Acquisition of Asset for Less than Market Value | Bursaries/Scholarships (Education Costs)  | Deemed Loans | Free or Cheap Services  | Holiday Accommodation | Loan Subsidy | Low or Interest Free Loans | Meals / Refreshments / Vouchers | Medical Aid  | Medical Expenses | Payment of Employees Debt | Residential Accommodation (Provision of) | Share Incentive Schemes (Broad Based Employee Shar | Subscriptions  | Use of Assets (excluding Car & Accommodation) | Use of Motor Vehicle / Company Car
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You are regarded as having derived a taxable benefit, if you acquire any asset free or for less than its value from:

  • your employer
  • associated institution in relation to your employer
  • any other person by arrangement with your employer

Asset in this context refers to:

  • Goods
  • Commodities
  • Marketable securities
  • Property of any nature (other than money)

Value is defined as follows:

  • If it is not a movable asset, the market value at the time that you acquired it
  • If it is a movable asset:
    • your employer acquired it in order to dispose of it to you, the employer's cost price will be taken as the value
    • the asset was the employer's trading stock, the employer's cost price will be taken as the value. If it can be shown that the market value is less that the cost price, then the market value will apply.

The above rules do not apply to marketable securities or an asset on which the employer had the right of use before acquiring ownership thereof e.g. a leased asset on which the employer had the right to acquire ownership at the end of the lease agreement. If an employee acquires marketable securities or such asset, the value would be the market value.

Exempted from tax are:

  • The first R5 000 of the cost to your employer of all the assets (not money) presented to you by your employer during the tax year as awards for bravery
  • The first R5 000 of the cost to your employer of all the assets (not money) given to you by your employer during a tax year for long service, which is taken as an initial unbroken period of service of at least fifteen years or any subsequent period of at least ten years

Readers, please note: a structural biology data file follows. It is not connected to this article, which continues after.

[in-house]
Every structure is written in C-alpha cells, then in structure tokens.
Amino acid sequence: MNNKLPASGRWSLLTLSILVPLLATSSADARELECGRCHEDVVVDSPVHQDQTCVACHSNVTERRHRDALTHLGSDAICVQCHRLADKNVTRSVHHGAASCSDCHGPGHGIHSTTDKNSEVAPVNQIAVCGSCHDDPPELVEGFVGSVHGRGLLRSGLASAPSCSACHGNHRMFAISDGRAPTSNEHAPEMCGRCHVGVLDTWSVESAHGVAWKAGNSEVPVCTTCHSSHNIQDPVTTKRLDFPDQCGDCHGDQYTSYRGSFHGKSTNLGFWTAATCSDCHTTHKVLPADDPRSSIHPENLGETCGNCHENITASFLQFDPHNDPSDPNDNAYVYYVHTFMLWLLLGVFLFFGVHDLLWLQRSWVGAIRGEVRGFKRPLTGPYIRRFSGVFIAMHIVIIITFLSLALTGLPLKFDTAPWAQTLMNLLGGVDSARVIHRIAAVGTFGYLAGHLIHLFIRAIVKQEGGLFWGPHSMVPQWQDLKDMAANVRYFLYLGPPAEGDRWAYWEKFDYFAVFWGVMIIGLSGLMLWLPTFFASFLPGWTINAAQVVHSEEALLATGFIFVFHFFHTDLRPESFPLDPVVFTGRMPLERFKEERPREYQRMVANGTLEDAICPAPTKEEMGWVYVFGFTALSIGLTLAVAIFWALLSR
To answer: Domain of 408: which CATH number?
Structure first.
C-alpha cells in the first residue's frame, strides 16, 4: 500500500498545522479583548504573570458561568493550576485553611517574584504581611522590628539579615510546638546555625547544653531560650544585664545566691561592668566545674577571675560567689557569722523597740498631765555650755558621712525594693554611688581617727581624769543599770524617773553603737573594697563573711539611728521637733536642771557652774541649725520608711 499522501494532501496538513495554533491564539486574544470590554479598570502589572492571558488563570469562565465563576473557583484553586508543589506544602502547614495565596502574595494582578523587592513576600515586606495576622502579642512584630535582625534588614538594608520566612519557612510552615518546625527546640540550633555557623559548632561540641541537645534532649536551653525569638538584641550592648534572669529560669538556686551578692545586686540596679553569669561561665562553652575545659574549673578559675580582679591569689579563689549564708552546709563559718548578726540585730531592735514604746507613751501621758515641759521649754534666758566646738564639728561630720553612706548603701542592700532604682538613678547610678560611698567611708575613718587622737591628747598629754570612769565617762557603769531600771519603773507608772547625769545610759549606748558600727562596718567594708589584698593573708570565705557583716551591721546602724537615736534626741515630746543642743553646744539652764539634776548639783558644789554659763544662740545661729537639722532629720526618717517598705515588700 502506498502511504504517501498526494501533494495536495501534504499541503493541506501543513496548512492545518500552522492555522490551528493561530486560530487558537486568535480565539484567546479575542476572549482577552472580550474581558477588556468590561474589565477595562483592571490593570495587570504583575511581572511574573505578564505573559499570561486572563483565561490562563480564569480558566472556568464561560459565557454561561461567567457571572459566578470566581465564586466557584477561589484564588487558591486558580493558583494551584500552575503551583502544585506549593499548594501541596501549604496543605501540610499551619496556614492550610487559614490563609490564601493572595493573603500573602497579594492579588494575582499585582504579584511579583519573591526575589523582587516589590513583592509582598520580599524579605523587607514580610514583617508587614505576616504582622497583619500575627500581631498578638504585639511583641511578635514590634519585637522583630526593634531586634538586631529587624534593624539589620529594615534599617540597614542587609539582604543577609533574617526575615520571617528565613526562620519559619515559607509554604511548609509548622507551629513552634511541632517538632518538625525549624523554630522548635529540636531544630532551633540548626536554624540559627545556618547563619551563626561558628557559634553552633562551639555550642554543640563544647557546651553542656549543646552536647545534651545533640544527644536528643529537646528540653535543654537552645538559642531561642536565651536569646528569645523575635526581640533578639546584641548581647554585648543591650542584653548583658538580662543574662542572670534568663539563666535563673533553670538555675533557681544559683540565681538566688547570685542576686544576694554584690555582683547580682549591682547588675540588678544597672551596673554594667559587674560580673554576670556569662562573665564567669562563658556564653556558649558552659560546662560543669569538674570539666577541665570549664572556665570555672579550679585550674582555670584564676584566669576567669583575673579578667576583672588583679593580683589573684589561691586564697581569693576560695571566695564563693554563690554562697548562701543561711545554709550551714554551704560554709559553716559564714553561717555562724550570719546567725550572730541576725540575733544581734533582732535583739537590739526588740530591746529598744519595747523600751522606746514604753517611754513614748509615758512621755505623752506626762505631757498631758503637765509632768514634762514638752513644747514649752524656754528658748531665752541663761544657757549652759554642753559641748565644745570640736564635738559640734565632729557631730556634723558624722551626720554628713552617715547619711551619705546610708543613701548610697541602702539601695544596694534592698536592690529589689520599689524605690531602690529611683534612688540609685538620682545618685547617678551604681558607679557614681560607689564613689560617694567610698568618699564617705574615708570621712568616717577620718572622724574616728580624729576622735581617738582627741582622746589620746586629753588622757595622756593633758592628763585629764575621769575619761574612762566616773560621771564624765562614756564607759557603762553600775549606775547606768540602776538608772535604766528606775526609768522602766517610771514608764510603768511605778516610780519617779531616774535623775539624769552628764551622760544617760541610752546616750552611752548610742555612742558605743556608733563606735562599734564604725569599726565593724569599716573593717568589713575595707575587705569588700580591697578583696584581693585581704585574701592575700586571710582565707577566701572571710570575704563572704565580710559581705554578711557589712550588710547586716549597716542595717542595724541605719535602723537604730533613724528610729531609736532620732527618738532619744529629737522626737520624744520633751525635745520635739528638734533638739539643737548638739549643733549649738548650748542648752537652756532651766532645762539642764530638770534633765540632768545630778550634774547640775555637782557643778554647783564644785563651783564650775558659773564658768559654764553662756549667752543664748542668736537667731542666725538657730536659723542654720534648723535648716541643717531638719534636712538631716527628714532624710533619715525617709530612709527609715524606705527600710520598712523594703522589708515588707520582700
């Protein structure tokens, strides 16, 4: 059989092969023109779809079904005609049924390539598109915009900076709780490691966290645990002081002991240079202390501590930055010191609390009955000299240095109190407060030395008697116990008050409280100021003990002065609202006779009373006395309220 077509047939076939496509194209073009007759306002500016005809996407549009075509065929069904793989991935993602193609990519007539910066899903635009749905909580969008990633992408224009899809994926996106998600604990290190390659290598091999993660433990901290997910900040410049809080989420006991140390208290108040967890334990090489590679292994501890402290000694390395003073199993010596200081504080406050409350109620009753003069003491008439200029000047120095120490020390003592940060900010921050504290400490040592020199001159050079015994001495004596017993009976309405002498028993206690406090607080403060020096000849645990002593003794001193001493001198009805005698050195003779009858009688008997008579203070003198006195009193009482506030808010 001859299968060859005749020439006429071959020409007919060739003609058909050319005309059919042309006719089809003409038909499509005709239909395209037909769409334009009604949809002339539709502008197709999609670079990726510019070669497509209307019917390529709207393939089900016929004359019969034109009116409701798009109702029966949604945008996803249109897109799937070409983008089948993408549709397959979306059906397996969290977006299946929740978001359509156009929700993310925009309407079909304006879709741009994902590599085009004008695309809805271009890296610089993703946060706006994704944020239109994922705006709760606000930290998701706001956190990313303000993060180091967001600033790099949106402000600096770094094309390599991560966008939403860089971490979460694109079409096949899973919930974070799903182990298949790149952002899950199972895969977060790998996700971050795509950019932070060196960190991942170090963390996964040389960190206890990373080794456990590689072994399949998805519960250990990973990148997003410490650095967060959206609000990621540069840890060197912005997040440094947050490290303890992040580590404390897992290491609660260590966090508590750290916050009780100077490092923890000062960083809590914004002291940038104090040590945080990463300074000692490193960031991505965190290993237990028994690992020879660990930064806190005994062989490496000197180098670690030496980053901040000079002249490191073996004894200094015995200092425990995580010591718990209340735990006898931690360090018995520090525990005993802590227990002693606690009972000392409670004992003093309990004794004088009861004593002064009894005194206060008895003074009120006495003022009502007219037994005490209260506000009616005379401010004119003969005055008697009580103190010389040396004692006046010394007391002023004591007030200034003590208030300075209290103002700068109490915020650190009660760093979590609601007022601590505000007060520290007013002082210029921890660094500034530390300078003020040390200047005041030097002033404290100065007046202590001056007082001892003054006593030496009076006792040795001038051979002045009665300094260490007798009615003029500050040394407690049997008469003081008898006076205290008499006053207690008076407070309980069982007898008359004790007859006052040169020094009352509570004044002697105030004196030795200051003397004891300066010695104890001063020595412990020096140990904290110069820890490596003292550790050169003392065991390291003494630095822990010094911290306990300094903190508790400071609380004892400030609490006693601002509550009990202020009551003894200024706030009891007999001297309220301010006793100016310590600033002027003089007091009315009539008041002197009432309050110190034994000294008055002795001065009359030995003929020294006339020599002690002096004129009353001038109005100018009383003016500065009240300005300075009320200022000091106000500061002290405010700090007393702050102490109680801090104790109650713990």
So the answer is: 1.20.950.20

• Fuel or lubricants supplied by your employer for use in a motor vehicle of which your private use is a fringe benefit (see 'Right of use of motor vehicle')


Acquisition of Asset for Less than Market Value | Page 1 of 16 | Bursaries/Scholarships (Education Costs)


Gratuities (Lump-sums)
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A gratuity is a voluntary amount paid to an employee by an employer in respect of his/her termination of service.  Common examples are:

  • Retrenchment
  • Retirement
  • Resignation / Discharge

The first R30 000 of an amount, received by or accrued to an employee because of the termination of his services or because of the impending termination of his services within five years, is exempt from tax provided that:

  • The taxpayer has attained the age of 55
  • The employer died before retirement
  • The termination or impending termination (within 5 years) is due to ill-health or other infirmity
  • The termination is as a result of his employer having ceased business, or where he has affected a general reduction in personnel or  a reduction in personnel of a particular class

The exemption does not apply where the employer is a company and the employee was at any time a director or at any time held more than 5% shares of the company's issued share capital.

Please note that with effect from 23 February 2000, restraints of trade paid to natural persons or 'employment companies' are included as income in the hands of the recipient, and will be taxed as such.  The payer may deduct such payment over the longer of the period of the restraint of 3 years.


Gratuities (Lump-sums) | Page 1 of 1 | Gratuities (Lump-sums)